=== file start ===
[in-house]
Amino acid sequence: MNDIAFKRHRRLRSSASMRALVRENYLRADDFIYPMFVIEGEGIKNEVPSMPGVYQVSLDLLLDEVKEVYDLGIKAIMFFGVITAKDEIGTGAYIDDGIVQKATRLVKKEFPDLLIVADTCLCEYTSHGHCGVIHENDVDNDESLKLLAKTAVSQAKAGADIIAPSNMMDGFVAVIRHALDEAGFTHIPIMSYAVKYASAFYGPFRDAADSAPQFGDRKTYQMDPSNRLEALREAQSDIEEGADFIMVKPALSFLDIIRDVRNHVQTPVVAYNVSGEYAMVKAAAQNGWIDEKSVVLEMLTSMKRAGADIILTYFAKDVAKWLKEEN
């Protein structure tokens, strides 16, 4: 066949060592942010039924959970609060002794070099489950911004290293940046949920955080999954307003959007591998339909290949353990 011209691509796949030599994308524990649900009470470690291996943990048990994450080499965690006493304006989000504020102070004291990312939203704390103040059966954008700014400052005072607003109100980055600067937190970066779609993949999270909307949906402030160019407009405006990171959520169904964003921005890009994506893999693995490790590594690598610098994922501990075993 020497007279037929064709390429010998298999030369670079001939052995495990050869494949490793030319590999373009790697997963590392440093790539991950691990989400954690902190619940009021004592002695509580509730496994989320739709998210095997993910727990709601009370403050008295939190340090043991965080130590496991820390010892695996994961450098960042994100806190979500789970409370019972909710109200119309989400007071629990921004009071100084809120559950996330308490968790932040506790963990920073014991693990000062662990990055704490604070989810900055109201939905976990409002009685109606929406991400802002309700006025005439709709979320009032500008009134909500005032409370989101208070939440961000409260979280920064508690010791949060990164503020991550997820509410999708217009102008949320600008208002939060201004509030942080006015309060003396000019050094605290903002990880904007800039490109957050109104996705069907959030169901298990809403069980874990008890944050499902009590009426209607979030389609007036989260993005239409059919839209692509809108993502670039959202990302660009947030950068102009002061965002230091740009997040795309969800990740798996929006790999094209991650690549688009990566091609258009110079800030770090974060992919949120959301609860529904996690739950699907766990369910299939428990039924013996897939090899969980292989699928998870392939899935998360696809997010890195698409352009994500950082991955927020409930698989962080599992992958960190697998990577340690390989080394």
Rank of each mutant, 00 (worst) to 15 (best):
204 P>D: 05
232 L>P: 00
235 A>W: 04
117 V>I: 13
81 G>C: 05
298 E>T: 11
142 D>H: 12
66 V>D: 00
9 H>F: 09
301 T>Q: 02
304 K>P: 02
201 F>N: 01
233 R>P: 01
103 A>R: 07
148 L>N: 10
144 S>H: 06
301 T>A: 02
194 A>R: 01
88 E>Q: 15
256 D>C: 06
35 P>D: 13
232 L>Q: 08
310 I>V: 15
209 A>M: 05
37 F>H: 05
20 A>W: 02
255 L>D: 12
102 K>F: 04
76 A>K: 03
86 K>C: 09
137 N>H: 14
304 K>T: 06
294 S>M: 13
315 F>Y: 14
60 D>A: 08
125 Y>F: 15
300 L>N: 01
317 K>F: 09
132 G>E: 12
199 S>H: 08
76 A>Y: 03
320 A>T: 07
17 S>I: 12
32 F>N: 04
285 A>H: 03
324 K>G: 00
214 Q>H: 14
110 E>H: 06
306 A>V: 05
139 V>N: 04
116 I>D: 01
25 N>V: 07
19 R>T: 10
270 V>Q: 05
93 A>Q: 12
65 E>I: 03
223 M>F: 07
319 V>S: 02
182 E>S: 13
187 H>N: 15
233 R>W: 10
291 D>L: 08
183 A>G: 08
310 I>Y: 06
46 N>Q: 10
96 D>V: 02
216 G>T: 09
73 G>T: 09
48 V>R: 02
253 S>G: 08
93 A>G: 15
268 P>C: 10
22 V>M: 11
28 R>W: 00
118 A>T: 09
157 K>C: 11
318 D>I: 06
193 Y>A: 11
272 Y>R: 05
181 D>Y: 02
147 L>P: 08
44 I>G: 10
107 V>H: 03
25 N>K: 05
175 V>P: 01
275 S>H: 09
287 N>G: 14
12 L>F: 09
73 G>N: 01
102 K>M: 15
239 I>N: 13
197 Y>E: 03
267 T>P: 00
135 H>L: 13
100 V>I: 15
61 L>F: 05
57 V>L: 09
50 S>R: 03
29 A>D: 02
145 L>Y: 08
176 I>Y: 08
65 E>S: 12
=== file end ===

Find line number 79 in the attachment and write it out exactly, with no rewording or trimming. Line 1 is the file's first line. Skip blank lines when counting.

118 A>T: 09